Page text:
A major theme of recent philosophy of science has been the rejection of the empiricist thesis that, with the exception of terms which play a purely formal role, the language of science derives its meaning from some, possibly quite indirect, correlation with experience. The alternative that has been proposed is that meaning is internal to each conceptual system, that terms derive their meaning from the role they play in a language, and that something akin to "meaning" flows from conceptual framework (...)
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  13.  51
    Galileo on the Telescope and the Eye.Harold I. Brown - 1985 - Journal of the History of Ideas 46 (4):487.
  14. Perception, Theory and Communient: The New Philosophy of Science.Harold I. Brown - 1978 - Science and Society 42 (4):506-508.
     
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  15.  52
    Circular Justifications.Harold I. Brown - 1994 - PSA: Proceedings of the Biennial Meeting of the Philosophy of Science Association 1994:406 - 414.
    The thesis of this paper is that philosophers are often too hasty in rejecting justifications because the argument that yields the justification is circular. Circularity is distinguished from vicious circularity and several examples are examined in which a proposed justification is circular in a precise sense, but not viciously circular. These include an observational procedure which could yield a velocity in excess of the velocity of light even though the impossibility of such velocities is assumed at a key step in (...)
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  16. Creative Intelligence; Essays in the Pragmatic Attitude.John Dewey, Addison W. Moore, Harold Chapman Brown, George H. Mead, Boyd H. Bode & Henry Waldgrave Stuart - 1917 - Mind 26 (104):466-474.
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  17. Incommensurability reconsidered.Harold I. Brown - 2005 - Studies in History and Philosophy of Science Part A 36 (1):149-169.
    In his later writings Kuhn reconsidered his earlier account of incommensurability, clarifying some aspects, modifying others, and explicitly rejecting some of his earlier claims. In Kuhn’s new account incommensurability does not pose a problem for the rational evaluation of competing scientific theories, but does pose a problem for certain forms of realism. Kuhn maintains that, because of incommensurability, the notion that science might seek to learn the nature of things as they are in themselves is incoherent. I develop Kuhn’s new (...)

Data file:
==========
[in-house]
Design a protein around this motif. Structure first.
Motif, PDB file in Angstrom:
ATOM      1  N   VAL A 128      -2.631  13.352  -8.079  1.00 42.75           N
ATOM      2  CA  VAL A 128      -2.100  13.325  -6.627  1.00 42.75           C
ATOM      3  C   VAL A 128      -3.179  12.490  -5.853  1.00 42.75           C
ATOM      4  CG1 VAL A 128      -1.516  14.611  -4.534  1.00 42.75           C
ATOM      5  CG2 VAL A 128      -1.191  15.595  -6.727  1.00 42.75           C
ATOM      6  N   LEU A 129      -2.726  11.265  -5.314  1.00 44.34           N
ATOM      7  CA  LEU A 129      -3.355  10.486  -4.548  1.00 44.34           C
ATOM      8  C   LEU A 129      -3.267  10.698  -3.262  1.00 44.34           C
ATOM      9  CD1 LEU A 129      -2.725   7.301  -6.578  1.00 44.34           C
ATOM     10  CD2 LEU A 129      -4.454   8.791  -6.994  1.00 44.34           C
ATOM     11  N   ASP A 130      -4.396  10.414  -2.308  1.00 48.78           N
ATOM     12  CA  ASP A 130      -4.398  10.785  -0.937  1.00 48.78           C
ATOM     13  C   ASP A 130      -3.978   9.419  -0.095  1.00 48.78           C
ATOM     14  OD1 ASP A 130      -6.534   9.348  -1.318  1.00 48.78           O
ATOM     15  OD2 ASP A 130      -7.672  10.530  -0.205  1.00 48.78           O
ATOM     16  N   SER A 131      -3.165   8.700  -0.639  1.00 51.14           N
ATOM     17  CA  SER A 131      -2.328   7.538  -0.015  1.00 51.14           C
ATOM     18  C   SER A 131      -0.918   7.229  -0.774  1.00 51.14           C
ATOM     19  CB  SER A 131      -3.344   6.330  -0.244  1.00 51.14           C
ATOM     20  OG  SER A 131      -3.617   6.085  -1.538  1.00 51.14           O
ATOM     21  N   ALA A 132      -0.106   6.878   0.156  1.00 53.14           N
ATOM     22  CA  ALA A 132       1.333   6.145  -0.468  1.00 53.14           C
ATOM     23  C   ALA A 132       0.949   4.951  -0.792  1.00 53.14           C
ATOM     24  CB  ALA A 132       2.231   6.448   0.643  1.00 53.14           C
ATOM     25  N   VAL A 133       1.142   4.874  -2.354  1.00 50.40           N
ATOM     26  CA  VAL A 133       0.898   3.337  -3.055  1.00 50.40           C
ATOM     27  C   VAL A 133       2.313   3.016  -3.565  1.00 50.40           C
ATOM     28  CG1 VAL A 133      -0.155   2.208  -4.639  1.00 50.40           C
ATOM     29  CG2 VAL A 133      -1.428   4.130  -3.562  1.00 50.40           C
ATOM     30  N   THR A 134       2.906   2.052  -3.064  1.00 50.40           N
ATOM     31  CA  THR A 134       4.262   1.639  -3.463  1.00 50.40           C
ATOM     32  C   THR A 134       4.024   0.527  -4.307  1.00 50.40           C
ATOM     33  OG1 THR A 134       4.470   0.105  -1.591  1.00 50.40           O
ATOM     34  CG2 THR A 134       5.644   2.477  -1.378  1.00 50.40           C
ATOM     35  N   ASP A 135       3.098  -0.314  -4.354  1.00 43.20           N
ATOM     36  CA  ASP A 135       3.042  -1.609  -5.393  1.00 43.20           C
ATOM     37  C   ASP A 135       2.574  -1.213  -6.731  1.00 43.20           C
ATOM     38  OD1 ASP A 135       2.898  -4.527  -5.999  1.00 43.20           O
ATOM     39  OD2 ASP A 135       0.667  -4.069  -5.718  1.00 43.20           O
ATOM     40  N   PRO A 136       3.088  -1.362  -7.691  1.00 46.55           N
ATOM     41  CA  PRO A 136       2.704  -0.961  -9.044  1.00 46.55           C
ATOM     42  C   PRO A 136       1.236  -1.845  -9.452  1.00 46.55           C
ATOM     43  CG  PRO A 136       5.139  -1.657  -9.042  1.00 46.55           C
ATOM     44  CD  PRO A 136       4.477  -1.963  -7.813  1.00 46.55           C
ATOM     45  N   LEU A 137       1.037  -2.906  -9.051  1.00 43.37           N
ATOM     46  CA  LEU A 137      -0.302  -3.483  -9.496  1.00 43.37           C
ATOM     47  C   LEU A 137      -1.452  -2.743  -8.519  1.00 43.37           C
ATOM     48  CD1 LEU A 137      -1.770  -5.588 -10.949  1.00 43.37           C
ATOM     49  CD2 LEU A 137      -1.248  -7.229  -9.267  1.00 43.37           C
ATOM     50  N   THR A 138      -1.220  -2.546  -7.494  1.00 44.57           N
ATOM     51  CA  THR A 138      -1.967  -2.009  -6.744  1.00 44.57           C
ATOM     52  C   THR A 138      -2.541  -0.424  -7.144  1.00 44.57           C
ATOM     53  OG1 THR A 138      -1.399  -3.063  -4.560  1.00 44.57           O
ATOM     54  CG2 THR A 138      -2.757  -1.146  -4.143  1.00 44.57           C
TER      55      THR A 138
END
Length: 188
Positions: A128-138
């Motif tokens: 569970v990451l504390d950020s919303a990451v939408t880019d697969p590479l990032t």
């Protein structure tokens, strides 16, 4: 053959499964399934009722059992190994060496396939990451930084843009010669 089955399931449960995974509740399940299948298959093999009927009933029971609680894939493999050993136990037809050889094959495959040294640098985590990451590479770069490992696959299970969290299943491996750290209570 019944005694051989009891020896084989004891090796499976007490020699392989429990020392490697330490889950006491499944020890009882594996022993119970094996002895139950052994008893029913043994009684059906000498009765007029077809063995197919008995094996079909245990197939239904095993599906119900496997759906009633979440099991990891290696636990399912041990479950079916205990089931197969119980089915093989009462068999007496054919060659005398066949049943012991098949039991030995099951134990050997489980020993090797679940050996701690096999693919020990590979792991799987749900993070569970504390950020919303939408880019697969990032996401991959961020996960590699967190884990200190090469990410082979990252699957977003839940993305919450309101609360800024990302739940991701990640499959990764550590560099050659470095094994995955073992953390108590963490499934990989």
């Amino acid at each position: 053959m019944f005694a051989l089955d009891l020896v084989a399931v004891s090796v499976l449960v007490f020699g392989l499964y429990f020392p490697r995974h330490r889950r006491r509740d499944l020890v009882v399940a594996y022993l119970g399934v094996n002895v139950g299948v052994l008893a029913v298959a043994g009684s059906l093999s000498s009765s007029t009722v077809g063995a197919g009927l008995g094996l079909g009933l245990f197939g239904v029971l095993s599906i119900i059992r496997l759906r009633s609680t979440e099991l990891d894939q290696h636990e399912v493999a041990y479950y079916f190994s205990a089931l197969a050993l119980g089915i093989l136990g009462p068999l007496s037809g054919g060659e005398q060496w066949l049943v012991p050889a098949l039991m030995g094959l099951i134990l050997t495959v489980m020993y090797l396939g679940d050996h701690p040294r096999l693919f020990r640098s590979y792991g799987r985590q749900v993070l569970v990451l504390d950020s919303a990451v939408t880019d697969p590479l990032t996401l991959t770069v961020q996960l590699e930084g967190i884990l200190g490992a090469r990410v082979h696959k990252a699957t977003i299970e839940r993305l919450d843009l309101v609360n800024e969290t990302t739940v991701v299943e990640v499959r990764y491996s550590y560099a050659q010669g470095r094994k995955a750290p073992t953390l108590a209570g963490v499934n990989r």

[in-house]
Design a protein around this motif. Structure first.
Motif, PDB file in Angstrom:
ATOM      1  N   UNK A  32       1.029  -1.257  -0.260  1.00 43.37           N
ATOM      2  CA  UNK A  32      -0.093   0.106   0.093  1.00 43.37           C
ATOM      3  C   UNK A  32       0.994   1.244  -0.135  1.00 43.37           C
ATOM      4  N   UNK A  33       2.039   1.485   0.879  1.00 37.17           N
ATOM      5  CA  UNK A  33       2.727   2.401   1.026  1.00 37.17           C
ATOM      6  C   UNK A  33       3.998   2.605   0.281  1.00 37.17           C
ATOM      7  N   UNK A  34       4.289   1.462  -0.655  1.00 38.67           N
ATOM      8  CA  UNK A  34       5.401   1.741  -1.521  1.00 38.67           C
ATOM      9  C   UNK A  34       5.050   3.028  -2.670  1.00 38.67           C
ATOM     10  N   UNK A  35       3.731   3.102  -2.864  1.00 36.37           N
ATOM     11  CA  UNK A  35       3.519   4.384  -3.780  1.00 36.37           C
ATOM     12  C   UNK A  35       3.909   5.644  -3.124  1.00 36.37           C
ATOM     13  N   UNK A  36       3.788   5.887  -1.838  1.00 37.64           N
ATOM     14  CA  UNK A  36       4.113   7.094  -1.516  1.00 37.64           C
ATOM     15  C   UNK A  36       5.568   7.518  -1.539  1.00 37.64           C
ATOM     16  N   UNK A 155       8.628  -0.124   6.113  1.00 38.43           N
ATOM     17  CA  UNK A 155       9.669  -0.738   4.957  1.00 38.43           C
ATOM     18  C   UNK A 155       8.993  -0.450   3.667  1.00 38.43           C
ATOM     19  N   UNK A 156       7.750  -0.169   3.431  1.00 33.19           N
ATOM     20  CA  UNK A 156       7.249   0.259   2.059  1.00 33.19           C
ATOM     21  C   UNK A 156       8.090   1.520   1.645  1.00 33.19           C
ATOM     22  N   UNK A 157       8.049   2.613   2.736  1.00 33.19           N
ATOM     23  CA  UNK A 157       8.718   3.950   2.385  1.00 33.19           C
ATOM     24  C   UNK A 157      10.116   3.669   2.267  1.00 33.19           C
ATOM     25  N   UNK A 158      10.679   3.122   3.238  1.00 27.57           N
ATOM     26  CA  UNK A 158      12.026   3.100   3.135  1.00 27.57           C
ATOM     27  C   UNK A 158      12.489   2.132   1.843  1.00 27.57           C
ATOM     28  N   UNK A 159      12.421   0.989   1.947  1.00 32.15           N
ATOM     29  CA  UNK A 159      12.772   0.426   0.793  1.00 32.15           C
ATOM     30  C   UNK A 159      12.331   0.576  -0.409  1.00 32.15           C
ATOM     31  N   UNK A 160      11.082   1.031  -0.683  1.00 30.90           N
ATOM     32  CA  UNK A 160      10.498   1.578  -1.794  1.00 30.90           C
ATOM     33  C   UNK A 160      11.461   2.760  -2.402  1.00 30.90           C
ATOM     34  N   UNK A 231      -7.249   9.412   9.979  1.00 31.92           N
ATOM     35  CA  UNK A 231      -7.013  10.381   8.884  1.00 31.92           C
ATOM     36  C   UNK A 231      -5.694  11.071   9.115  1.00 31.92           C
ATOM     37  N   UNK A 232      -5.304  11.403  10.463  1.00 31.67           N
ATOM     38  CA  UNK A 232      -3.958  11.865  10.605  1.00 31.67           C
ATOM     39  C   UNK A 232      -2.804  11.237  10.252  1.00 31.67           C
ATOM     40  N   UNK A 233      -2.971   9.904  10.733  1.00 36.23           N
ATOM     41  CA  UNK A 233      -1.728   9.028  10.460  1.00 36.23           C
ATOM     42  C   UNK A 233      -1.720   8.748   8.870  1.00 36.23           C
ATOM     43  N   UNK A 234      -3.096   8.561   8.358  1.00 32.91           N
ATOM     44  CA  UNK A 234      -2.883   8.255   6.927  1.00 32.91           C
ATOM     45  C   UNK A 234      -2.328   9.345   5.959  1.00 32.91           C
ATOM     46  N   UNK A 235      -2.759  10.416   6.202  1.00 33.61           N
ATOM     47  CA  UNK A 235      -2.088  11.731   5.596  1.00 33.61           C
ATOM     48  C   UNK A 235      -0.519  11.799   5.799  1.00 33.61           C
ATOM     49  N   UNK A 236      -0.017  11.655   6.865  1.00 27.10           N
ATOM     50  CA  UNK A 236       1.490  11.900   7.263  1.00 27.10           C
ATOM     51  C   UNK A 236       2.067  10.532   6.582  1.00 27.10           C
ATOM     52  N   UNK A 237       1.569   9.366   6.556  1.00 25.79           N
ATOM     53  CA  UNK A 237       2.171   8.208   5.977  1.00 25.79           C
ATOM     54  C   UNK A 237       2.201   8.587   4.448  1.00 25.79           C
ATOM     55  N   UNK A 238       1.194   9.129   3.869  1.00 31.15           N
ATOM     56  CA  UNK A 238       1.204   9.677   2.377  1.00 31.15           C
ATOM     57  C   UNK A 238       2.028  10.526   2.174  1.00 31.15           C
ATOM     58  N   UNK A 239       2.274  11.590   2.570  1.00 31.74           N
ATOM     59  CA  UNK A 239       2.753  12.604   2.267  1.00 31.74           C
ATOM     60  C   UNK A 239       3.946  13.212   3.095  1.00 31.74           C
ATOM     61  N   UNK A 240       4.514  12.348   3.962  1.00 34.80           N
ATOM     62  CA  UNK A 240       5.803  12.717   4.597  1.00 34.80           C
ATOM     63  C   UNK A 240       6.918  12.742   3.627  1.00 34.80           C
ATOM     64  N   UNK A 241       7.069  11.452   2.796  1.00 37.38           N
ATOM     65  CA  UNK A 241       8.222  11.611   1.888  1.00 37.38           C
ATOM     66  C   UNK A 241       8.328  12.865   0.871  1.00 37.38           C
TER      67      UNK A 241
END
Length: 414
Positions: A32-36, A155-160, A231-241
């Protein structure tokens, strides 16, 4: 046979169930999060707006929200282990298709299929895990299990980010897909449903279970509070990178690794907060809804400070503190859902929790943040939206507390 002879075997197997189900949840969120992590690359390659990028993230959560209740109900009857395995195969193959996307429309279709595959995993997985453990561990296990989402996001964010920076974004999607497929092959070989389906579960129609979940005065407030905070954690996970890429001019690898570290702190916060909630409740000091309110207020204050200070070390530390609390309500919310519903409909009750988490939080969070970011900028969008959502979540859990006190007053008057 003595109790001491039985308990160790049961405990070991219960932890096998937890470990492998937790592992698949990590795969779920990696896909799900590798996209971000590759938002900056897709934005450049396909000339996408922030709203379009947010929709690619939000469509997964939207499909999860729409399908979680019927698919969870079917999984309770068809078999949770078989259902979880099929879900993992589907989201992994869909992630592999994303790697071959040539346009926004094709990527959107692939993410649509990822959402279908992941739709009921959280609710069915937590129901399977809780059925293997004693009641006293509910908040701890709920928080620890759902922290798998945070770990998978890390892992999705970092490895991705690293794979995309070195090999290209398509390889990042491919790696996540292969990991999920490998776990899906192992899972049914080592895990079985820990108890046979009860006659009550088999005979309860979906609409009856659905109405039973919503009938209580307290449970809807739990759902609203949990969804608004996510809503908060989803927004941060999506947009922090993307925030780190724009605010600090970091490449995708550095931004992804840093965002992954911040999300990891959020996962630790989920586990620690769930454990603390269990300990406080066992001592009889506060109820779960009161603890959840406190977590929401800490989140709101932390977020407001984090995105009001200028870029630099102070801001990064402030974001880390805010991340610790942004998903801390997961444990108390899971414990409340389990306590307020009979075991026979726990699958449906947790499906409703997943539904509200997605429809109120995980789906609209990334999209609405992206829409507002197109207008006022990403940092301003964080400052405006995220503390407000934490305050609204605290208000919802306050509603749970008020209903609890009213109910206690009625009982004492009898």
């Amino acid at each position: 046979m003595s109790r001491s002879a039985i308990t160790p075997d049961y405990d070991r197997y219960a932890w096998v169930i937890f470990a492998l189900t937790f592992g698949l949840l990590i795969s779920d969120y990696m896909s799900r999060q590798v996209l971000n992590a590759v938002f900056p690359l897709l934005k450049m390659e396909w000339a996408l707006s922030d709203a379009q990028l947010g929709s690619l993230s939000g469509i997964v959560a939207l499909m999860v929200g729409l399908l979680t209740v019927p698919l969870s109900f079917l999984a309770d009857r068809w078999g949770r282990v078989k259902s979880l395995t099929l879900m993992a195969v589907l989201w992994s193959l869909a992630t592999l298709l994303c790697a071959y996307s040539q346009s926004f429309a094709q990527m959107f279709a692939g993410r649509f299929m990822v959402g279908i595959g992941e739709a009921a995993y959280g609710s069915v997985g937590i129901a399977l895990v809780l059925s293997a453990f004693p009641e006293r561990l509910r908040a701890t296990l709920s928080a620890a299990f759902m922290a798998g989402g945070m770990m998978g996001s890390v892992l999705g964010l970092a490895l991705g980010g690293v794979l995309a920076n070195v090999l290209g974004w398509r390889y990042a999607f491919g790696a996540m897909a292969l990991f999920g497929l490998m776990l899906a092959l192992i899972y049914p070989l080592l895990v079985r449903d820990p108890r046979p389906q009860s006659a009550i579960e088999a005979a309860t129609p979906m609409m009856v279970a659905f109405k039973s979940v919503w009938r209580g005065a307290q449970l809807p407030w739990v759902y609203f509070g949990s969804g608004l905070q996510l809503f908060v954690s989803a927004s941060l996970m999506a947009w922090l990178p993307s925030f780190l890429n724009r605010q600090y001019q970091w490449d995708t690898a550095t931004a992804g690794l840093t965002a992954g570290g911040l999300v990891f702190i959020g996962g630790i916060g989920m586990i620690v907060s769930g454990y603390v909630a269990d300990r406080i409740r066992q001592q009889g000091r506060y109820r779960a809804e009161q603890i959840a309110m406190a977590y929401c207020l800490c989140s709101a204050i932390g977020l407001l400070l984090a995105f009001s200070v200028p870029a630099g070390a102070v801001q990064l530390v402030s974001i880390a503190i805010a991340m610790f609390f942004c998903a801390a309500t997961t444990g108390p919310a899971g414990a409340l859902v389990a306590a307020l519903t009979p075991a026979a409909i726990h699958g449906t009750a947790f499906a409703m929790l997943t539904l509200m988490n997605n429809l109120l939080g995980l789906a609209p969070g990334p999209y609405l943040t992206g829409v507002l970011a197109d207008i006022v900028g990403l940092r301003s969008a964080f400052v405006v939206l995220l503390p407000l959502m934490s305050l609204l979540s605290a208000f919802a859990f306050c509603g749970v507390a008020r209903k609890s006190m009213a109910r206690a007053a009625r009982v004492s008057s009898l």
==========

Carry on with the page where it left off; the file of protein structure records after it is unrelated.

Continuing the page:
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  18.  29
    Space-Perception and the Philosophy of Science.Harold I. Brown - 1985 - Philosophy of Science 52 (1):159-160.
  19.  51
    Conceptual Systems.Harold I. Brown - 2006 - New York: London.
    New concepts are constantly being introduced into our thinking. Conceptual Systems explores how these new concepts are entered into our systems along with sufficient continuity with older ideas to ensure understanding. The encyclopaedic breadth of this text highlights the many different aspects and disciplines that together present an insightful view into the various theories of concepts. Harold Brown, a reputable author in the philosophy of science examines several historically influential theories of concepts as well as providing a clear view on (...)
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  20.  7
    Conceptual Systems.Harold I. Brown - 2006 - New York: Routledge.
    New concepts are constantly being introduced into our thinking. _Conceptual Systems_ explores how these new concepts are entered into our systems along with sufficient continuity with older ideas to ensure understanding. The encyclopedic breadth of this text highlights the many different aspects and disciplines that together present an insightful view into the various theories of concepts. Harold Brown, a reputable author in the philosophy of science examines several historically influential theories of concepts as well as presenting a clear view on (...)
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  21.  22
    On Being Rational.Harold I. Brown - 1978 - American Philosophical Quarterly 15 (4):241 - 248.
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  22.  47
    Problem changes in science and philosophy.Harold I. Brown - 1975 - Metaphilosophy 6 (2):177–192.
  23.  46
    Prospective Realism.Harold I. Brown - 1990 - Studies in History and Philosophy of Science Part A 21 (2):211.
  24.  66
    Incommensurability and reality.Harold I. Brown - 2001 - In Paul Hoyningen-Huene & Howard Sankey (eds.), Incommensurability and Related Matters. Kluwer Academic Publishers. pp. 123--142.
  25.  41